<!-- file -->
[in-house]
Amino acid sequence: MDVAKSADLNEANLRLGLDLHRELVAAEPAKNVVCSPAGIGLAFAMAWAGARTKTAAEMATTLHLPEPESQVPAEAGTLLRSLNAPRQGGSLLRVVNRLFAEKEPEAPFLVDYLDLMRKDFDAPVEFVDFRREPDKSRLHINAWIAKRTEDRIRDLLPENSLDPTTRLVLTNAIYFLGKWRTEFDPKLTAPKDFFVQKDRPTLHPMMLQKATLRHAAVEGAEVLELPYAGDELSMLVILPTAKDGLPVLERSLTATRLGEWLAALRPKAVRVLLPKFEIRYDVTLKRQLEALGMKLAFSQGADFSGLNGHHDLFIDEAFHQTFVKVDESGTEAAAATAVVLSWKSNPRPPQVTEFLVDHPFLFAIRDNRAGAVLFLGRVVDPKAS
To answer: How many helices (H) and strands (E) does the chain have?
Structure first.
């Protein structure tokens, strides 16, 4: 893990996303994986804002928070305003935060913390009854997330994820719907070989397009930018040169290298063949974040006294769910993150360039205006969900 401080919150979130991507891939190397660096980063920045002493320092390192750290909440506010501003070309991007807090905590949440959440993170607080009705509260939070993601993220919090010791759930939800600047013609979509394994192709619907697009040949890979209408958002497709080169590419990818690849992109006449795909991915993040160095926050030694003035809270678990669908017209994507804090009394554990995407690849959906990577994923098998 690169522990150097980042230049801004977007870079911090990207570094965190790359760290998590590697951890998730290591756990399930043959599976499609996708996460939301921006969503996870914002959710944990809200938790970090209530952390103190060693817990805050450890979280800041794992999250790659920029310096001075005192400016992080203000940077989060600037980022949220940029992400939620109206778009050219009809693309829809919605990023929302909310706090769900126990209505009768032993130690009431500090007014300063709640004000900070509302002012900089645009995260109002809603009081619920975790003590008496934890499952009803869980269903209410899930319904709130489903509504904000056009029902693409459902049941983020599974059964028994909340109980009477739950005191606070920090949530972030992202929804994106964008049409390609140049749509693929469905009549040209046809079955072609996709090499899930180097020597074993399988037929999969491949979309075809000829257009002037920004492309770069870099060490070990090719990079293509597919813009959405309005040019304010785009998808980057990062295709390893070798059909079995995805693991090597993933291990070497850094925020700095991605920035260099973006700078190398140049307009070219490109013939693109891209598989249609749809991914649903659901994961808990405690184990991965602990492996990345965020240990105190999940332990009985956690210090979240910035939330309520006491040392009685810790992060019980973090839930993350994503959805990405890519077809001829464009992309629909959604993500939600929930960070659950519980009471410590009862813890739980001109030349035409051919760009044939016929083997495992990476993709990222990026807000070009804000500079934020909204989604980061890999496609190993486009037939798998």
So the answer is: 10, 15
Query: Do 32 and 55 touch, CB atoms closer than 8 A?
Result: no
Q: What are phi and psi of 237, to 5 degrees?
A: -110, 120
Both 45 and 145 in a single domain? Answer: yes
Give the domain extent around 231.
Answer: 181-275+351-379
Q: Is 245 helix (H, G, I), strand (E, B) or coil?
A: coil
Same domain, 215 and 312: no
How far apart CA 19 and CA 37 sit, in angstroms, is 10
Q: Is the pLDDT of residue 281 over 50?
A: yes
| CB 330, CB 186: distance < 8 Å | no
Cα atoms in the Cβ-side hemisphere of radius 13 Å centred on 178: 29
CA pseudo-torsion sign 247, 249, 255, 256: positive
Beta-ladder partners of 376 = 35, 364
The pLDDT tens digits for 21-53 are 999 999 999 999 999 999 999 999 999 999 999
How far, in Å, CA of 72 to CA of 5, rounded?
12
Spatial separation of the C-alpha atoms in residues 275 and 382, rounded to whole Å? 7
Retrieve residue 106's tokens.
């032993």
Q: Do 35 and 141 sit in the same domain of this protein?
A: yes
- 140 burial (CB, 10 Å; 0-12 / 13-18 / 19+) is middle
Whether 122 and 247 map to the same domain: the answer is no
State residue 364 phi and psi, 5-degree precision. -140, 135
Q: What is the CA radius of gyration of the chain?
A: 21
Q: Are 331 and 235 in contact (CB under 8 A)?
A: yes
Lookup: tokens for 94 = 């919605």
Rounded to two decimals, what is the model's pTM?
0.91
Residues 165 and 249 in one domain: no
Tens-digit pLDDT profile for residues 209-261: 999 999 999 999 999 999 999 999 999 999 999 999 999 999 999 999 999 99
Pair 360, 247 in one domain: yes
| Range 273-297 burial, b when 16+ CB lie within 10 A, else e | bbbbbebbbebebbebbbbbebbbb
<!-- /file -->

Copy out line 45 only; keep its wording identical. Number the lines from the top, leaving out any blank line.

| Range 273-297 burial, b when 16+ CB lie within 10 A, else e | bbbbbebbbebebbebbbbbebbbb